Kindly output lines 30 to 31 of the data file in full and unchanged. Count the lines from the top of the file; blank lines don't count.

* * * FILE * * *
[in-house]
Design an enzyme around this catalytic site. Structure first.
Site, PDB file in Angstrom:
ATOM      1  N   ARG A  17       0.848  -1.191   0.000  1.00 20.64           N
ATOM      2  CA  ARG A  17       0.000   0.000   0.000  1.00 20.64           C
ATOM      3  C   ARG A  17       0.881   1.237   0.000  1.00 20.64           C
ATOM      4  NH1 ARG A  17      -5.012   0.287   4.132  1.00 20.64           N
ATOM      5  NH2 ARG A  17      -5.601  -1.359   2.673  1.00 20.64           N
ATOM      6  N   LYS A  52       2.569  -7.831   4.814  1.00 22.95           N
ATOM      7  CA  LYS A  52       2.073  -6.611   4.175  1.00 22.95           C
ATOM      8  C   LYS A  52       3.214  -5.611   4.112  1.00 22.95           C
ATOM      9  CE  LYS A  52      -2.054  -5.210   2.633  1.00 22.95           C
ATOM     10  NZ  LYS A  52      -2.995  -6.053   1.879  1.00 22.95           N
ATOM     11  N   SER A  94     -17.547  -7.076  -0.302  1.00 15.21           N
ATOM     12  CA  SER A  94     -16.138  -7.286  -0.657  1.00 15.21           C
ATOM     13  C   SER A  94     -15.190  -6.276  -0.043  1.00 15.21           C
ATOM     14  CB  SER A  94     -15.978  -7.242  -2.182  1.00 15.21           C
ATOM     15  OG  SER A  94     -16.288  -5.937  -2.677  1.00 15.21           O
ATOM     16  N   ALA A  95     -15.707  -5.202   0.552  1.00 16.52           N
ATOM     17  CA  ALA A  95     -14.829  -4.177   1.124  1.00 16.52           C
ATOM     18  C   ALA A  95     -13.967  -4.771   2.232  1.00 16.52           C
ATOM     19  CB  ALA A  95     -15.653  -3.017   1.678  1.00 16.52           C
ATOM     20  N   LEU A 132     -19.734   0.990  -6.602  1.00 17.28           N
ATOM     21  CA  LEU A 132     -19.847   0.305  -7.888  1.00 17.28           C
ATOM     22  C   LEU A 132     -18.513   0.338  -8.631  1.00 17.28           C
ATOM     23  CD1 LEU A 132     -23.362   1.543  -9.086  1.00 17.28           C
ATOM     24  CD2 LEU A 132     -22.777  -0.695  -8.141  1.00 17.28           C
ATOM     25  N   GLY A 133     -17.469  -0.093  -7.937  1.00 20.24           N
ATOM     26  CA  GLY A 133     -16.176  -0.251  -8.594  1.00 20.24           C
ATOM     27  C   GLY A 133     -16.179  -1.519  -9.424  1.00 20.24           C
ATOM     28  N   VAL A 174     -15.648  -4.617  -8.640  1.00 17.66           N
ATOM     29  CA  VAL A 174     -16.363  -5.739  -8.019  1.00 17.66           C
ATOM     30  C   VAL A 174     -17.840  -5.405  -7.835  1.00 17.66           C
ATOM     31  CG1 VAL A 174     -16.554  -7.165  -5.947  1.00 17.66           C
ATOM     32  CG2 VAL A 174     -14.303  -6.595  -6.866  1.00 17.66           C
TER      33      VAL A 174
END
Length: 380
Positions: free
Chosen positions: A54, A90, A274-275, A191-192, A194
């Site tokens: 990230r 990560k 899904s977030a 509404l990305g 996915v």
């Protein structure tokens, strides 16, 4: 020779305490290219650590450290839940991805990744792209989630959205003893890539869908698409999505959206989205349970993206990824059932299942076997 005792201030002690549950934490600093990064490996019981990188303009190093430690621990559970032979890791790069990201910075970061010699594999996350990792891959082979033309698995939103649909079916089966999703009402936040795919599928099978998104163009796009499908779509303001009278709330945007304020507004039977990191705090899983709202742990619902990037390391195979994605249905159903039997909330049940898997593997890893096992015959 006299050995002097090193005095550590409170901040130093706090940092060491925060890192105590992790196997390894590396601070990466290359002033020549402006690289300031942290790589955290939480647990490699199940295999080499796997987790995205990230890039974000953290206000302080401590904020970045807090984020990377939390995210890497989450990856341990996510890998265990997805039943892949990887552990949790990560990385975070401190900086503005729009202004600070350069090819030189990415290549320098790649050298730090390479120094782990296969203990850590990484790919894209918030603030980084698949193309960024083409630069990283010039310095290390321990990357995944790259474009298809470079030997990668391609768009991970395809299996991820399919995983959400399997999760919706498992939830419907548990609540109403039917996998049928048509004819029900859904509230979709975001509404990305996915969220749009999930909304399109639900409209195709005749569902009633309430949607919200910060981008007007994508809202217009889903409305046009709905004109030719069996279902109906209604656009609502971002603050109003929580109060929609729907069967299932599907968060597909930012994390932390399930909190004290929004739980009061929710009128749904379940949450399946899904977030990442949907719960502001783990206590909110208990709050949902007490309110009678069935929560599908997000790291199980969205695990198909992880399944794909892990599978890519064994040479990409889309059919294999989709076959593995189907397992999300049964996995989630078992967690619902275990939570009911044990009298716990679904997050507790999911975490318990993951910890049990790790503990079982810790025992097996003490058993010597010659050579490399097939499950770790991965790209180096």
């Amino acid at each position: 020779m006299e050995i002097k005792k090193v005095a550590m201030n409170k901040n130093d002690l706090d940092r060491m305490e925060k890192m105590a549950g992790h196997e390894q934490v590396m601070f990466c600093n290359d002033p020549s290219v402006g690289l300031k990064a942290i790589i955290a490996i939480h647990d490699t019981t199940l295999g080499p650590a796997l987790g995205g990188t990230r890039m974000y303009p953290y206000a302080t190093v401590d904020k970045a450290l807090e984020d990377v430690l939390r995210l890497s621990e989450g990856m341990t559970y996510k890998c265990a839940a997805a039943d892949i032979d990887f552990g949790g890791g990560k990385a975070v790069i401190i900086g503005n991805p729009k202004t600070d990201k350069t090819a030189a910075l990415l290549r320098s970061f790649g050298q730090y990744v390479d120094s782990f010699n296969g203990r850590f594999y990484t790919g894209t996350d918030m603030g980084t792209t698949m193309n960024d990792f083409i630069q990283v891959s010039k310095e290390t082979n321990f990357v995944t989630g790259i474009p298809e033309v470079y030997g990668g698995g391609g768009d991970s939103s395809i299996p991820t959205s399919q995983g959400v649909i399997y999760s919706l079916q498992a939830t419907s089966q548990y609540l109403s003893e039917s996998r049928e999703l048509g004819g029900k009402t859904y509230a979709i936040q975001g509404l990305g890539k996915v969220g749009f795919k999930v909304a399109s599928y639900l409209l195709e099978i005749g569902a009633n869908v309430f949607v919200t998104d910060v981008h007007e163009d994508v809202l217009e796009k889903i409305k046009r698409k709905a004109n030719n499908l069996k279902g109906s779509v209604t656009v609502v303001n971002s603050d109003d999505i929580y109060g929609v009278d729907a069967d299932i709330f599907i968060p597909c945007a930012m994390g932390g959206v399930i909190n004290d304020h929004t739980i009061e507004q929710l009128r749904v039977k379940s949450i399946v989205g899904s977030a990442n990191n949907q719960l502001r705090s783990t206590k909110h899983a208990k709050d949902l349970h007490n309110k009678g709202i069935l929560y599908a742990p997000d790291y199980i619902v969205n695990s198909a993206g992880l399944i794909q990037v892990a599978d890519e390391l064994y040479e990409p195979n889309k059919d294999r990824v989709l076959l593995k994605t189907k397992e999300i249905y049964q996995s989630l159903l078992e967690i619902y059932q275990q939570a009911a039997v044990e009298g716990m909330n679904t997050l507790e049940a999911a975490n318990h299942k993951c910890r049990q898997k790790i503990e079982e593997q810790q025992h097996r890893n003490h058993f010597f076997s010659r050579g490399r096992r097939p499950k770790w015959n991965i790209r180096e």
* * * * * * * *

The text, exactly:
ATOM     27  C   GLY A 133     -16.179  -1.519  -9.424  1.00 20.24           C
ATOM     28  N   VAL A 174     -15.648  -4.617  -8.640  1.00 17.66           N